Low-earning parents working full-time are still unable to earn enough to provide their family with a basic, no-frills lifestyle, research suggests.
A single parent on the National Living Wage is £74 a week short of the minimum income needed, according to the Child Poverty Action Group.
A couple with two children would be £49 a week short of the income needed, the charity said.
But this was better than last year, when couples were £59 a week short.
The National Living Wage is £7.83 an hour for those aged over 25.
A government spokesperson said fewer families were living in absolute poverty: "The employment rate is at a near-record high and the National Living Wage has delivered the highest pay increase for the lowest paid in 20 years, worth £2,000 extra per year for a full-time worker."
However, the Child Poverty Action Group (CPAG) said gains from modest increases in wages had been "clawed back" through the freezing of tax credits.
Rising prices and changes to various benefit schemes had also "hit family budgets hard", it said.
The CPAG's definition of a "no-frills" lifestyle is based on the Minimum Income Standard, a set of criteria drawn up by the Centre for Research in Social Policy at Loughborough University.
It calculates the income required for a minimum standard of living based on essentials such as food, clothes and accommodation, as well as "other costs required to take part in society".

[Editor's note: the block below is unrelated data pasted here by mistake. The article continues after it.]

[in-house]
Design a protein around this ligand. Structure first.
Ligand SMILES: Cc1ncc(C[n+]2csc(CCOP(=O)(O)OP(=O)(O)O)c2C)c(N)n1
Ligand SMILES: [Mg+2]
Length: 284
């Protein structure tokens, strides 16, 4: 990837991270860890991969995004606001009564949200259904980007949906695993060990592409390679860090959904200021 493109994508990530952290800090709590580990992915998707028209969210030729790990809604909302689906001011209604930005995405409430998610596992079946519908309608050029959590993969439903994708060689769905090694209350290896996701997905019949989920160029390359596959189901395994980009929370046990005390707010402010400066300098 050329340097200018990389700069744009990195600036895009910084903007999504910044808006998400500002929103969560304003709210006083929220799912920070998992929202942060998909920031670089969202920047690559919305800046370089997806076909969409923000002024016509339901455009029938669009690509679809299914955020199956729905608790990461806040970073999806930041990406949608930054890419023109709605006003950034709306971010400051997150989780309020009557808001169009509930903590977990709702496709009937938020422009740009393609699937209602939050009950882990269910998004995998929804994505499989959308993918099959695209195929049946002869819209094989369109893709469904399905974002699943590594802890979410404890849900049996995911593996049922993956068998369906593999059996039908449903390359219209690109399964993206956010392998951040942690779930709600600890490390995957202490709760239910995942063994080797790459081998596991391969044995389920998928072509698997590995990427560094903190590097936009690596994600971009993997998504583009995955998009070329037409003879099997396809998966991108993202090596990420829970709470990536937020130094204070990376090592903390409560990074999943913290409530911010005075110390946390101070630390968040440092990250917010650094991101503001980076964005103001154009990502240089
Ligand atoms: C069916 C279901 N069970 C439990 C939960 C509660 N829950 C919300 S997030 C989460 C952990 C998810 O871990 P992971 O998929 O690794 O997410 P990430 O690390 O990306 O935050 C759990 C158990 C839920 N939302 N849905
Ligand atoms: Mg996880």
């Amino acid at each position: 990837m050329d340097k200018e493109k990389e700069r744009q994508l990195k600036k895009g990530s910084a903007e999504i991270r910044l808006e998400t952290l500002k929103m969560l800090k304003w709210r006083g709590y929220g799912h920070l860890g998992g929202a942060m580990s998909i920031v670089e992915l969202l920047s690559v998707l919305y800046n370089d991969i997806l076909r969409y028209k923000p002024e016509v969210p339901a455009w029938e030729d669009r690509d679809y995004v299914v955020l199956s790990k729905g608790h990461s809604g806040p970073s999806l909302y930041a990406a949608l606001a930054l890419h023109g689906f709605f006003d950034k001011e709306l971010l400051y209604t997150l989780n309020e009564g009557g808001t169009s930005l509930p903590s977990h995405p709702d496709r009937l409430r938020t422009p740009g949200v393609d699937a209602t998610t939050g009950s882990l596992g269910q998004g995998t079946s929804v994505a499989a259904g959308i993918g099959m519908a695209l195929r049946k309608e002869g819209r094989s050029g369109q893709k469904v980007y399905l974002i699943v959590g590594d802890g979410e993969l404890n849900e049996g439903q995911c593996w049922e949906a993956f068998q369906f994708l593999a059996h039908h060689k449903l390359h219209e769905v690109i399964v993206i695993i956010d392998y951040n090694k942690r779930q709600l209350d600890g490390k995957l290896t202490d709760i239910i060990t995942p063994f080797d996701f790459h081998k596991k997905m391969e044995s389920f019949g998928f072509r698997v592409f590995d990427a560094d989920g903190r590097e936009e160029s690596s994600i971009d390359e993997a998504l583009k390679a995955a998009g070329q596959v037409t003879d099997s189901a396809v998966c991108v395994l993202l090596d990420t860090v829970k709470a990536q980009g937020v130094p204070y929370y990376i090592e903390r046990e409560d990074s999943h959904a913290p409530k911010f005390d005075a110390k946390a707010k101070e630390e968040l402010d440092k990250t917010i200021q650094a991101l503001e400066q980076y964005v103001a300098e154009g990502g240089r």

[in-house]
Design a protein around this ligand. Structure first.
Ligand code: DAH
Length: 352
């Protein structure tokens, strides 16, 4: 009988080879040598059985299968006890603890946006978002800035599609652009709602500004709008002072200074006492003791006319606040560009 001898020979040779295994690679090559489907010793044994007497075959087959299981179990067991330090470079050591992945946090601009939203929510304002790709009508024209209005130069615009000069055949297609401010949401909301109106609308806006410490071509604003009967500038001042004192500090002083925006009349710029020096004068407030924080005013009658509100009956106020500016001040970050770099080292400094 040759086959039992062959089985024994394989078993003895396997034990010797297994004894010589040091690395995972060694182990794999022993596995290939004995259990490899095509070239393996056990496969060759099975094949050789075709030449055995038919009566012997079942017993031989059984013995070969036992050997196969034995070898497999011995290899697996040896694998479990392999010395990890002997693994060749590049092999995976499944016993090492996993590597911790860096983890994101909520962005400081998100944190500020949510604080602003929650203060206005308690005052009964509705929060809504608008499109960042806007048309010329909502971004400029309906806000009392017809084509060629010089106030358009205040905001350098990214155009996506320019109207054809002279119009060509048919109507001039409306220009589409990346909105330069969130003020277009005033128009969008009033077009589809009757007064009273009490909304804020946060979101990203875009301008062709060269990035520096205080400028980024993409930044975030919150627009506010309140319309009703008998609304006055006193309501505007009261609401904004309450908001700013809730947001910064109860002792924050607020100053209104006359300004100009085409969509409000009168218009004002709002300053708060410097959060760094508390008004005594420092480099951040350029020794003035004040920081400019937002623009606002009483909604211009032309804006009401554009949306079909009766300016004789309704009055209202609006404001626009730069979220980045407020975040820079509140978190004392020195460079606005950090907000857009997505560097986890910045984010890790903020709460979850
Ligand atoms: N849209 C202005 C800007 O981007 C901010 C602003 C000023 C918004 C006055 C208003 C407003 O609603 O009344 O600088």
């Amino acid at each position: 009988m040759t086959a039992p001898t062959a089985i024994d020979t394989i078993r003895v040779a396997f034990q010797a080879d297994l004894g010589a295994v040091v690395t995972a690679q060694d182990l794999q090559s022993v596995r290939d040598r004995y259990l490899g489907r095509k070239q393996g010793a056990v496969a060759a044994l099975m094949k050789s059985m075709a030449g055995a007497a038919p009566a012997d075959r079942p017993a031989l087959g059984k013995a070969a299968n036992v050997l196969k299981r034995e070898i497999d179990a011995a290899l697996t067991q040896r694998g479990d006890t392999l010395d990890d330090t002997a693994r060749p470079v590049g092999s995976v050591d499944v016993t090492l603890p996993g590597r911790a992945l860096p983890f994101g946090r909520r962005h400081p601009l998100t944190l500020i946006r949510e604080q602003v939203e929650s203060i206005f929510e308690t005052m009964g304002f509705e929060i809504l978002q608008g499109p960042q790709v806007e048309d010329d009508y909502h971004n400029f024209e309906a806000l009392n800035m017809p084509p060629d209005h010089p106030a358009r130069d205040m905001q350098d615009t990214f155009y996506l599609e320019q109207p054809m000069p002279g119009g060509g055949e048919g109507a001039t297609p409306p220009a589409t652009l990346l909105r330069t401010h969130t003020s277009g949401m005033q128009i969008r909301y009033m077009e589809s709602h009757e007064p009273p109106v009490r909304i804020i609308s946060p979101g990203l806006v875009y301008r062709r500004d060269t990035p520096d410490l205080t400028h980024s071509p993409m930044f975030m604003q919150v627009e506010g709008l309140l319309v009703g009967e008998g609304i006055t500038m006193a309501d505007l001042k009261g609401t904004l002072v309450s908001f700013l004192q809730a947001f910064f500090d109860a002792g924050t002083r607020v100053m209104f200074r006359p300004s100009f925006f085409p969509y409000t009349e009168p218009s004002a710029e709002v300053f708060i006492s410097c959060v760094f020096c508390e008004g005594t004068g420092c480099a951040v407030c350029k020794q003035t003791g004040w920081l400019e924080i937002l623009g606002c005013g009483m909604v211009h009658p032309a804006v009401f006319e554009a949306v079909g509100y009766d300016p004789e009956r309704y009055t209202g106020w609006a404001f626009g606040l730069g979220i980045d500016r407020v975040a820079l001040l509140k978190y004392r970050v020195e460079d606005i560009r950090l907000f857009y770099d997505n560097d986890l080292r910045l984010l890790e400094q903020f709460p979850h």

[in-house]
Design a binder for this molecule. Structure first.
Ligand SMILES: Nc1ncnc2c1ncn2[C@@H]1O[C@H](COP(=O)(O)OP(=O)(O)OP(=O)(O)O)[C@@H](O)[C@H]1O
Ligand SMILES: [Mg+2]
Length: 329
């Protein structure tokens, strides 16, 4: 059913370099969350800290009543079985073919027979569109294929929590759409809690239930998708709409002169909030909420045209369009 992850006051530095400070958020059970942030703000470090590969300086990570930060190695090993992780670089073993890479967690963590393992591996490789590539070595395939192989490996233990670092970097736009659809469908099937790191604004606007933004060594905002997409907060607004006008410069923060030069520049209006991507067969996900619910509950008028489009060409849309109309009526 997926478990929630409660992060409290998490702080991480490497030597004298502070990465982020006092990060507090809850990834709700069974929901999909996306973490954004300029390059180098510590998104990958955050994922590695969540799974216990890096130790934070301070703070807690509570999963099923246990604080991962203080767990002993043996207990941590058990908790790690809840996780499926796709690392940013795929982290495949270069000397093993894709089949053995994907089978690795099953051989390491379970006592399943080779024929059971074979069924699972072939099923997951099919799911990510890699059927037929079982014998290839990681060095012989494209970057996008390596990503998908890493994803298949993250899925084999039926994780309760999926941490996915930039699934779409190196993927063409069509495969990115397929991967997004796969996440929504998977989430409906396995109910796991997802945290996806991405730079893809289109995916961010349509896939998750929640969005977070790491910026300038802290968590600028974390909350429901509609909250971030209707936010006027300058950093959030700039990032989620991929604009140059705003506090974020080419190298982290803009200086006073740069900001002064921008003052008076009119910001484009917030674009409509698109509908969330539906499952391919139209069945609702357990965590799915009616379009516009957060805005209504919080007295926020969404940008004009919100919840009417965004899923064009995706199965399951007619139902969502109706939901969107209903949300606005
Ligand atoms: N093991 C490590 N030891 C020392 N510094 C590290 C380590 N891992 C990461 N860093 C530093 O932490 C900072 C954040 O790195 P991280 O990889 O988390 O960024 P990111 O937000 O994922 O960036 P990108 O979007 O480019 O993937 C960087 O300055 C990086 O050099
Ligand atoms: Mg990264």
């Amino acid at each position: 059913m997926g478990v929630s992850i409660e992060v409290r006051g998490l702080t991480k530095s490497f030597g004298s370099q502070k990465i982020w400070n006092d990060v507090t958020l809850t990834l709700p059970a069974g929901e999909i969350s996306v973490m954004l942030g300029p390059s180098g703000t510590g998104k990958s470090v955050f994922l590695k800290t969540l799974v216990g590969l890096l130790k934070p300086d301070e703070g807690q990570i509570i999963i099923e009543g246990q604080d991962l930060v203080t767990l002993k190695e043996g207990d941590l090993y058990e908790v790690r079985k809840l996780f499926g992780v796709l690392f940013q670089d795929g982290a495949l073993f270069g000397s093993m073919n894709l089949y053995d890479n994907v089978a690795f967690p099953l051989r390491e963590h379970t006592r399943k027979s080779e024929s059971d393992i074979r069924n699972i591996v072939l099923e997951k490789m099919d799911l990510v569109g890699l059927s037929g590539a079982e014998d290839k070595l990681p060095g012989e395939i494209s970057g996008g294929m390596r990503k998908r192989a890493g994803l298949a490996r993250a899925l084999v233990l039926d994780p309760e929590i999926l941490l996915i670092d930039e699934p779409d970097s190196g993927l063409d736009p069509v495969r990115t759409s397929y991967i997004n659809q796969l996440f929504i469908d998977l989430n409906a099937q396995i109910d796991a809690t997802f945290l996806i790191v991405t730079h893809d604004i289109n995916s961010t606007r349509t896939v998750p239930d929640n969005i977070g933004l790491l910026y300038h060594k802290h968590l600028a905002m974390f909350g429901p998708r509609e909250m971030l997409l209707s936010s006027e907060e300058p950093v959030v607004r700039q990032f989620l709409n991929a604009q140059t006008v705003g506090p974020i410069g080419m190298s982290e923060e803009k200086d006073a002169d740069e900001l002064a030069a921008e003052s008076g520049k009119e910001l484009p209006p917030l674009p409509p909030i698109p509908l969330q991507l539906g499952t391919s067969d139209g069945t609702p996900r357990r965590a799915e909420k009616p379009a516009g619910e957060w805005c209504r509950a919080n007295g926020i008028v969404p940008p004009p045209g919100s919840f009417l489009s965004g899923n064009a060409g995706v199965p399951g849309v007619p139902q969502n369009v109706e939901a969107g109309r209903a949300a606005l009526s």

The research centre asks focus groups drawn from a mixture of socio-economic backgrounds what they think a household would have to be able to afford in order to achieve an acceptable living standard.
The charity's Cost of a Child report showed that the overall cost for a couple raising a first child until they are 18 also fell from £155,100 to £150,800.
The cost of bringing up children was heavily influenced by childcare, with full-time childcare accounting for almost half the total sum.
What is the National Living Wage?
The National Living Wage was introduced by then Chancellor George Osborne in his Budget in July 2015.
It came into effect in April 2016, and is £7.83 an hour for workers aged 25 and over, with the aim of increasing it to £9 an hour by 2020.
Child costs 'substantial'
CPAG's chief executive Alison Garnham said there was "strong public support" for the government to top up the wages of low-paid parents.
She urged the government to use November's Budget to "unfreeze benefits and restore work allowances".
"Income from work alone is not sufficient to enable some to meet their families' needs to escape poverty and the cost of a child is substantial," she added.